UCCA Center for Contemporary Art today unveiled the architectural regeneration of its flagship museum, UCCA Beijing, revealing a new façade, entrance, lobby, galleries, children’s education space, store, and café. Designed by renowned Dutch architecture firm OMA, this regeneration of UCCA’s Main Hall marks a milestone in UCCA’s institutional history, and will highlight—as never before—the museum’s open, public-facing nature, and its commitment to an ever-widening viewing public. It is the second project, after the China Central Television Headquarters, that OMA, the firm founded by Rem Koolhaas, has realized in Beijing. The regeneration of UCCA was led by OMA partner Chris van Duijn and associate-in-charge Inge Goudsmit.
Since its founding in 2007, UCCA has been a landmark at the heart of 798—both a symbol of, and a driving force behind, the development of China’s contemporary art scene. Ironically, given the stature and centrality of the institution, its entrance was never prominent, wedged into a dark corridor running through a narrow four-story Slab, occupied by a range of commercial tenants. The Slab is now fully incorporated into UCCA’s campus, adding 1800 square meters to its total area. Set to open in Spring 2019, it will contain staff offices as well as the flagship location of UCCA Kids. The Slab has been refaced with a vibrant red stucco and gridded black windows. Its ground floor walls demolished, leaving only supporting columns, the building appears to float above the surrounding street, as if suspended atop the glass façade that elegantly curves and folds around the columns. Engineered by the VS-A.HK, this glass façade—its intricate, rippled contours a feat of craftsmanship—runs for nearly 70 meters, offering total visibility to the wide range of activities that happen inside.
UCCA’s entrance is now visible from all angles, a large set of steel doors at the center of the glass curtain wall, demarcated by three large banners flying above. Just inside, a flight of steps is intersected by the façade, bridging the museum’s interior and exterior, and serving as a visual relay between UCCA’s surroundings and its reception area. These steps will host public programs and offer a space for visitors to convene and relax. Inside the museum, the area underneath the steps forms a sheltered space where children and school groups can participate in workshops, while a second, parallel staircase provides easy access to the second level of both the Main Hall and the Slab, creating a seamless link between the ground floor public areas and the event spaces, children’s center, and forthcoming research library upstairs.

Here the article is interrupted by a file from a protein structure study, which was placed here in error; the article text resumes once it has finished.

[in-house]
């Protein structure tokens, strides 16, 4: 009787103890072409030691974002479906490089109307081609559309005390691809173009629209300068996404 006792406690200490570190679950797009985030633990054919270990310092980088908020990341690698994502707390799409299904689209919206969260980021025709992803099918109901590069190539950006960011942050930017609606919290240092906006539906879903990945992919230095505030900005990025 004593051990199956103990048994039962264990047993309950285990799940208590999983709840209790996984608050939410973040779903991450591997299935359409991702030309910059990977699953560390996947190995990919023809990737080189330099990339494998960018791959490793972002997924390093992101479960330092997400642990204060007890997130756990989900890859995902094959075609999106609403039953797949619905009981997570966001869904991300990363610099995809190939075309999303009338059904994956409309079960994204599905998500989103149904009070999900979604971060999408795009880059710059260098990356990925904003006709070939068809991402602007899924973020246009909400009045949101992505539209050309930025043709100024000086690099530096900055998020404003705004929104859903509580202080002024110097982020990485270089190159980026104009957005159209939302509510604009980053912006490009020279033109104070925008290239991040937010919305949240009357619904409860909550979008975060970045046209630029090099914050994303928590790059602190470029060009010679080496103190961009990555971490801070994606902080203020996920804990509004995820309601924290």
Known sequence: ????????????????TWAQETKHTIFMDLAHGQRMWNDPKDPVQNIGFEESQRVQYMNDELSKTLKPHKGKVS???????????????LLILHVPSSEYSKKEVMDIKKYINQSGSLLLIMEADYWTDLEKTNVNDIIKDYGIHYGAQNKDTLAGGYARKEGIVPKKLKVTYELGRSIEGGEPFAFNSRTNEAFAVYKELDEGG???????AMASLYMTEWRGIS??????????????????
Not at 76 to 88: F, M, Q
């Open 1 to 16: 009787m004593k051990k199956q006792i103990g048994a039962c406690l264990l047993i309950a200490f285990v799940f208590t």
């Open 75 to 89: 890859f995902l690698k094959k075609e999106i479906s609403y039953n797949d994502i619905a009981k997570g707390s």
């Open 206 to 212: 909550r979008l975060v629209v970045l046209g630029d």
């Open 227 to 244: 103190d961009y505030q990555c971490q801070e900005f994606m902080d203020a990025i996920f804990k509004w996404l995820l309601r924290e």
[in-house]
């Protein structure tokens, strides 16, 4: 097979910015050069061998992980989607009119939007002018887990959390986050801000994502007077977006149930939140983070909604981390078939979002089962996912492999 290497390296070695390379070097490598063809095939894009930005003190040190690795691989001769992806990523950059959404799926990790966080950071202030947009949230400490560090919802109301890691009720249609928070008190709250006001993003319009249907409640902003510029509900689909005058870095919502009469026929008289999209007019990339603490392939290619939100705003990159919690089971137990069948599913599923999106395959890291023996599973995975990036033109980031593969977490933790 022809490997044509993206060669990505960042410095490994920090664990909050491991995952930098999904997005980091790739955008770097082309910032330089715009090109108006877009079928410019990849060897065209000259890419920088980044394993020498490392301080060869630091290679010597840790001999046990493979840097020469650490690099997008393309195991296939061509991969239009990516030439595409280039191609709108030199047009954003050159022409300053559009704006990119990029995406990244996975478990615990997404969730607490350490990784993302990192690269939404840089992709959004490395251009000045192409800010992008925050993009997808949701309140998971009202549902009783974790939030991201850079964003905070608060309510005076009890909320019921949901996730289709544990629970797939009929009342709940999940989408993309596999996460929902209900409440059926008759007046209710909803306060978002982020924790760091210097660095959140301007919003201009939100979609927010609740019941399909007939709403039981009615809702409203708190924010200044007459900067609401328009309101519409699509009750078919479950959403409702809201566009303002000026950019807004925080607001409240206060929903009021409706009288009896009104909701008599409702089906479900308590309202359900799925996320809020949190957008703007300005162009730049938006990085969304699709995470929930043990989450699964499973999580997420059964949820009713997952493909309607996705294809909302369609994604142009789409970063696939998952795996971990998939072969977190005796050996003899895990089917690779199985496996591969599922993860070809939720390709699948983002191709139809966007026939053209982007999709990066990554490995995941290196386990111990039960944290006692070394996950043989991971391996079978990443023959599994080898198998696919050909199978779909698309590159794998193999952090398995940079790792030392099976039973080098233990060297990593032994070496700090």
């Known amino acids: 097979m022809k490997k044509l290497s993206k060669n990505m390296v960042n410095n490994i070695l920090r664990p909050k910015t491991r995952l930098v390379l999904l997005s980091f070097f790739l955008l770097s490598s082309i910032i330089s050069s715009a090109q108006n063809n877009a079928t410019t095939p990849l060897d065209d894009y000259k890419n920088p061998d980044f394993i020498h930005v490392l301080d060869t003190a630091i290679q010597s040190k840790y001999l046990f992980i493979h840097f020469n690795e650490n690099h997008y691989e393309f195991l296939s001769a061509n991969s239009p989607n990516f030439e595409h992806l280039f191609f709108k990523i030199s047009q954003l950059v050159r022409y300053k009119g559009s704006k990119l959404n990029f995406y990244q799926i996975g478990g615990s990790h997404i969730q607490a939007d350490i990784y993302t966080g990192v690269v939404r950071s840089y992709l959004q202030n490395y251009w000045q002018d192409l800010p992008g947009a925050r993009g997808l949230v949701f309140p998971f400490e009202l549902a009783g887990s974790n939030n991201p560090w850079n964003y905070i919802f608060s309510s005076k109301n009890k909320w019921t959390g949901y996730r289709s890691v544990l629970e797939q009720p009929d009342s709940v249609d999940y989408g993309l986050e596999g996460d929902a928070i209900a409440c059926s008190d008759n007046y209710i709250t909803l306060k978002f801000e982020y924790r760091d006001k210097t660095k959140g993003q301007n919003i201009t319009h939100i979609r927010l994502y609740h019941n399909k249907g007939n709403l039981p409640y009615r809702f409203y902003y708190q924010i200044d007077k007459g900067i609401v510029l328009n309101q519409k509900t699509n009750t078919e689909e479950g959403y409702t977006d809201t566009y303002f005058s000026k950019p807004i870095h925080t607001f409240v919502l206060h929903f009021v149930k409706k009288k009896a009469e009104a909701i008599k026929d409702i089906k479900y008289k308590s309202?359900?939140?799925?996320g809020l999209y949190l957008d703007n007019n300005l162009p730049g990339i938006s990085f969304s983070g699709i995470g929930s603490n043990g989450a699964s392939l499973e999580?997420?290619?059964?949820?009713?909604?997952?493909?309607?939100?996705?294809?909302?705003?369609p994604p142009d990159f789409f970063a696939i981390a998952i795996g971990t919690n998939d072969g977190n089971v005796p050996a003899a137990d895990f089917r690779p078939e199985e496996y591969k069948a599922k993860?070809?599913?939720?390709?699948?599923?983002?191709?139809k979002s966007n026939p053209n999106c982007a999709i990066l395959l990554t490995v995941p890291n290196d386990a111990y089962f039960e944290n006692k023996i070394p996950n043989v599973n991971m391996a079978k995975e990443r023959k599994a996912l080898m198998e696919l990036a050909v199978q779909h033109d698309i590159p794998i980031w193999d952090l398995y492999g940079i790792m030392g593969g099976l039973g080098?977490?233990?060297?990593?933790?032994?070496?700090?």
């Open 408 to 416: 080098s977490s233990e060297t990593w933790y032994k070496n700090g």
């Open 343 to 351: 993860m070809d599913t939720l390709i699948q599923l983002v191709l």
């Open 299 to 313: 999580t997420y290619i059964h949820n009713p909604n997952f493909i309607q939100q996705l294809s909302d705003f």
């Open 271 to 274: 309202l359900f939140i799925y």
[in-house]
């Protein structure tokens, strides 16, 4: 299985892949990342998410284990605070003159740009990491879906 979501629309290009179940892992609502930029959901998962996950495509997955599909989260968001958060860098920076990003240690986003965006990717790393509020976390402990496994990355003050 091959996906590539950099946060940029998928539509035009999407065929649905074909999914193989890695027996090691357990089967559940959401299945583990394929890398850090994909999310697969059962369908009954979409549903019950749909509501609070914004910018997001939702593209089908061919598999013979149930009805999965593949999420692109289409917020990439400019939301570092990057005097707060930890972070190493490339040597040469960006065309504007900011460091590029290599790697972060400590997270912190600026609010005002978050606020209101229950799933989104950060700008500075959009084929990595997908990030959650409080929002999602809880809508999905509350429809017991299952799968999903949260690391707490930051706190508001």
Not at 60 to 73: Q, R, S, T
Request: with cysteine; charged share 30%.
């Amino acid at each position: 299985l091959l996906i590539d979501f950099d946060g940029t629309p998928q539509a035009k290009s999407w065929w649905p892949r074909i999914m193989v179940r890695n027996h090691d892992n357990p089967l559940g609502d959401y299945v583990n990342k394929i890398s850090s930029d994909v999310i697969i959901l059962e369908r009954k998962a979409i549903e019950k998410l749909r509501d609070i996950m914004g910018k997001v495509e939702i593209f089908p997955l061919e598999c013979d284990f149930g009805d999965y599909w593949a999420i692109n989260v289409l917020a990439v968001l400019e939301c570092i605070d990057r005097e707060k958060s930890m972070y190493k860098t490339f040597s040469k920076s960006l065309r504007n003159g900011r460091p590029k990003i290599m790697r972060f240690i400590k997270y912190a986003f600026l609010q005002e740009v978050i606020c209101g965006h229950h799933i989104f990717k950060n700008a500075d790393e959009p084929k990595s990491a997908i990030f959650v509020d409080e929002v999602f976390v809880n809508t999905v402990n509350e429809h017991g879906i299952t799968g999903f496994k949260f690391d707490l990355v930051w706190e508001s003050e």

Outside, a generous forecourt and intricately curated landscape of seasonal trees and seating, designed by landscape architects Valeche Studio, serve as a public commons, nestled between the main thoroughfare of the 798 Art District and the museum building. Visitors approaching UCCA will move along a visual gradient that runs inward from the street toward the museum, as the paving of the forecourt and the ground floor of the Slab turns from light to dark gray, finally crossing a steel threshold and entering into the Main Hall, the factory chamber which holds the galleries. Inside the Main Hall, a spacious new front desk greets visitors, and the areas formerly known as the Lobby, Long Gallery, Nave and Atrium have been connected into a more unified space which can be configured for different exhibitions and programs. This arrangement has created a clear route—visual and physical—that spans the distance between the front desk, the galleries, and the auditorium, now reclad in a light polycarbonate. Nearby, a new flagship location for UCCA Store and a café provide new amenities for visitors.
These changes reflect on these buildings’ complex history, evolving from industrial, to creative, and finally institutional use in the six decades since their construction. They effect a thorough reconfiguration of UCCA Beijing’s spaces, as well as a deepening of the ideals that have animated it since its inception: generosity, transparency, and openness to communities of every background, who come to question, explore, and learn through art.
Dulux provides environmentally friendly solution for painting the walls of the newly renovated UCCA; BenQ provides museum video support; and 3M China Limited provides a clean drinking water guarantee.